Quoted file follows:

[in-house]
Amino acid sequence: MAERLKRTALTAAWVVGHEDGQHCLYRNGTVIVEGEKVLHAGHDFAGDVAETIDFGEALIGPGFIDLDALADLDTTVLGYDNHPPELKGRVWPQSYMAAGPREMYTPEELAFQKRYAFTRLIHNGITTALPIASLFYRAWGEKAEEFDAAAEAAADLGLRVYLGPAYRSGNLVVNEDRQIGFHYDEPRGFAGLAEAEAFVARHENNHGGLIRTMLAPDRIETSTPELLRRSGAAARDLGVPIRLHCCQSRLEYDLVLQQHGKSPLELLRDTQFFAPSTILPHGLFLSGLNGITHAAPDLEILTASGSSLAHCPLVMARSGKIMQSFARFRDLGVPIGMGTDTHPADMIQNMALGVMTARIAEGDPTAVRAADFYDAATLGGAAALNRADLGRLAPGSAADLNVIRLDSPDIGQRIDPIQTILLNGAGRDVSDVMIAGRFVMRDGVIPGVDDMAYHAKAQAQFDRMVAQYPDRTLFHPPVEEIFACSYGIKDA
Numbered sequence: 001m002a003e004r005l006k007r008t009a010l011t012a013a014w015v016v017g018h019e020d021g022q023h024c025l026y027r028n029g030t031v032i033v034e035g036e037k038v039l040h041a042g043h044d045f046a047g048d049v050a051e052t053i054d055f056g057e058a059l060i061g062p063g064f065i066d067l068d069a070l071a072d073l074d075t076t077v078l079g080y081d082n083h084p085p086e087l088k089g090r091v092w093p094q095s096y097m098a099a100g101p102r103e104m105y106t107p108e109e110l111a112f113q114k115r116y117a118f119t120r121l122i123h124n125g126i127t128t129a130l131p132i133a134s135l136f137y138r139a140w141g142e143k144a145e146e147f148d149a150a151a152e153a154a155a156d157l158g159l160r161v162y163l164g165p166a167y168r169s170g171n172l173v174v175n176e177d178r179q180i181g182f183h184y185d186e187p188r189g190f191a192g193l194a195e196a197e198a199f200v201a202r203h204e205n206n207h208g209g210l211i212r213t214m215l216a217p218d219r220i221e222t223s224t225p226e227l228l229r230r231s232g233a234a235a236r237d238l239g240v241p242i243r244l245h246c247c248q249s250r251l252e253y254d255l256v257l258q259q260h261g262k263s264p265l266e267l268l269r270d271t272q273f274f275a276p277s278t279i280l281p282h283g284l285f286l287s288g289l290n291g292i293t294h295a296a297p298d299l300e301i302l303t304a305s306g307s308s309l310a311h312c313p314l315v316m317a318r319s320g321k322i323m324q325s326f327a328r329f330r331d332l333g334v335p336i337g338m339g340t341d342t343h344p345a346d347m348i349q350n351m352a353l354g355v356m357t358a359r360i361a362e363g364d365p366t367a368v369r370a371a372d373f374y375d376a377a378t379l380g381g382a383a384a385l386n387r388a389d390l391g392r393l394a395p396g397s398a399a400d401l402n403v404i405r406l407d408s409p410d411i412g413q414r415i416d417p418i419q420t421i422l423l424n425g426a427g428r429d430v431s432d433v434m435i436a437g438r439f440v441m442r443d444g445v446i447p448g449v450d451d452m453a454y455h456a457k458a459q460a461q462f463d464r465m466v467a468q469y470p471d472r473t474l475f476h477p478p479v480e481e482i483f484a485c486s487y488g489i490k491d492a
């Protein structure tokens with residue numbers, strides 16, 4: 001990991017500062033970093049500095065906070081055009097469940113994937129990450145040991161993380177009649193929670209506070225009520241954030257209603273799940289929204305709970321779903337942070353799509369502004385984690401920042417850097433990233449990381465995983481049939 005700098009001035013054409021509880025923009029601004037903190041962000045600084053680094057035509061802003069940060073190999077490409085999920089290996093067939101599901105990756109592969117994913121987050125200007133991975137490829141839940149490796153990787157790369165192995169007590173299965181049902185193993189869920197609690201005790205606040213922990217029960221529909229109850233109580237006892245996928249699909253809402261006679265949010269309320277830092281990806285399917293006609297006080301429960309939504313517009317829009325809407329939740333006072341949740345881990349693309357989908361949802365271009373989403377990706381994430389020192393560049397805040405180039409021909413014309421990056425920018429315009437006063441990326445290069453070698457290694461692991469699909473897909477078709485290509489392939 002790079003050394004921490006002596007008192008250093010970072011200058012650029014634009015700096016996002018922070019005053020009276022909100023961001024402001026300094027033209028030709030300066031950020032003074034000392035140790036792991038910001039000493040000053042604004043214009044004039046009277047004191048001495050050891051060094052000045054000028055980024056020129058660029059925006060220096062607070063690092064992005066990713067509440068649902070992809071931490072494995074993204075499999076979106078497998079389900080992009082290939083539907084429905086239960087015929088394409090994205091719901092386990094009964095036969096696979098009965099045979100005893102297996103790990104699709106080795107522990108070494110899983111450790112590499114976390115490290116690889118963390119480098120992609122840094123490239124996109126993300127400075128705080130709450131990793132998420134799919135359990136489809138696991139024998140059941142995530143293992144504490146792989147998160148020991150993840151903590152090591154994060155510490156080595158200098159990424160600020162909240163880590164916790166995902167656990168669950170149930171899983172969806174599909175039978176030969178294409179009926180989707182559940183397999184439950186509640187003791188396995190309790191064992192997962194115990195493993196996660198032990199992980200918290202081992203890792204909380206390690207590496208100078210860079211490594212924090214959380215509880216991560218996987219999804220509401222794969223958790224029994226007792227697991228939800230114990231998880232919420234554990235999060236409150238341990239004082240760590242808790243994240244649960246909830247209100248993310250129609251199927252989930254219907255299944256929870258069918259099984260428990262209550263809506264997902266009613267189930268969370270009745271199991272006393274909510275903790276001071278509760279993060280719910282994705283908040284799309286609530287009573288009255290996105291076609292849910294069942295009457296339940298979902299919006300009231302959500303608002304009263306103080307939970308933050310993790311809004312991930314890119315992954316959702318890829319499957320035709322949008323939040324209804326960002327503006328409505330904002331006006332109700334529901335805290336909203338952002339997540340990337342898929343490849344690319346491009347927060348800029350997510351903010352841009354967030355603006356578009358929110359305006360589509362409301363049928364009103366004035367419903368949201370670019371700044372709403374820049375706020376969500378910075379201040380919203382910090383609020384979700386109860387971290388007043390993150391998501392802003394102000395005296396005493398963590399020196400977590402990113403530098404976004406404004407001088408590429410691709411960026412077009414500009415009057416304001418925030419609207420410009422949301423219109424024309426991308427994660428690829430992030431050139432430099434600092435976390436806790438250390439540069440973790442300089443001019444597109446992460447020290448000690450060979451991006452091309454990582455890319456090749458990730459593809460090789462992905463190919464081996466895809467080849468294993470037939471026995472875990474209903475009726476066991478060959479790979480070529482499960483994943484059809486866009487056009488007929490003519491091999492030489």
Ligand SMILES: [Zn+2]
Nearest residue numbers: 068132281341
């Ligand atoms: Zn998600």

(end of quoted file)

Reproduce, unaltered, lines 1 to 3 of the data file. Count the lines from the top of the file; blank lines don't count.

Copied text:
[in-house]
Amino acid sequence: MAERLKRTALTAAWVVGHEDGQHCLYRNGTVIVEGEKVLHAGHDFAGDVAETIDFGEALIGPGFIDLDALADLDTTVLGYDNHPPELKGRVWPQSYMAAGPREMYTPEELAFQKRYAFTRLIHNGITTALPIASLFYRAWGEKAEEFDAAAEAAADLGLRVYLGPAYRSGNLVVNEDRQIGFHYDEPRGFAGLAEAEAFVARHENNHGGLIRTMLAPDRIETSTPELLRRSGAAARDLGVPIRLHCCQSRLEYDLVLQQHGKSPLELLRDTQFFAPSTILPHGLFLSGLNGITHAAPDLEILTASGSSLAHCPLVMARSGKIMQSFARFRDLGVPIGMGTDTHPADMIQNMALGVMTARIAEGDPTAVRAADFYDAATLGGAAALNRADLGRLAPGSAADLNVIRLDSPDIGQRIDPIQTILLNGAGRDVSDVMIAGRFVMRDGVIPGVDDMAYHAKAQAQFDRMVAQYPDRTLFHPPVEEIFACSYGIKDA
Numbered sequence: 001m002a003e004r005l006k007r008t009a010l011t012a013a014w015v016v017g018h019e020d021g022q023h024c025l026y027r028n029g030t031v032i033v034e035g036e037k038v039l040h041a042g043h044d045f046a047g048d049v050a051e052t053i054d055f056g057e058a059l060i061g062p063g064f065i066d067l068d069a070l071a072d073l074d075t076t077v078l079g080y081d082n083h084p085p086e087l088k089g090r091v092w093p094q095s096y097m098a099a100g101p102r103e104m105y106t107p108e109e110l111a112f113q114k115r116y117a118f119t120r121l122i123h124n125g126i127t128t129a130l131p132i133a134s135l136f137y138r139a140w141g142e143k144a145e146e147f148d149a150a151a152e153a154a155a156d157l158g159l160r161v162y163l164g165p166a167y168r169s170g171n172l173v174v175n176e177d178r179q180i181g182f183h184y185d186e187p188r189g190f191a192g193l194a195e196a197e198a199f200v201a202r203h204e205n206n207h208g209g210l211i212r213t214m215l216a217p218d219r220i221e222t223s224t225p226e227l228l229r230r231s232g233a234a235a236r237d238l239g240v241p242i243r244l245h246c247c248q249s250r251l252e253y254d255l256v257l258q259q260h261g262k263s264p265l266e267l268l269r270d271t272q273f274f275a276p277s278t279i280l281p282h283g284l285f286l287s288g289l290n291g292i293t294h295a296a297p298d299l300e301i302l303t304a305s306g307s308s309l310a311h312c313p314l315v316m317a318r319s320g321k322i323m324q325s326f327a328r329f330r331d332l333g334v335p336i337g338m339g340t341d342t343h344p345a346d347m348i349q350n351m352a353l354g355v356m357t358a359r360i361a362e363g364d365p366t367a368v369r370a371a372d373f374y375d376a377a378t379l380g381g382a383a384a385l386n387r388a389d390l391g392r393l394a395p396g397s398a399a400d401l402n403v404i405r406l407d408s409p410d411i412g413q414r415i416d417p418i419q420t421i422l423l424n425g426a427g428r429d430v431s432d433v434m435i436a437g438r439f440v441m442r443d444g445v446i447p448g449v450d451d452m453a454y455h456a457k458a459q460a461q462f463d464r465m466v467a468q469y470p471d472r473t474l475f476h477p478p479v480e481e482i483f484a485c486s487y488g489i490k491d492a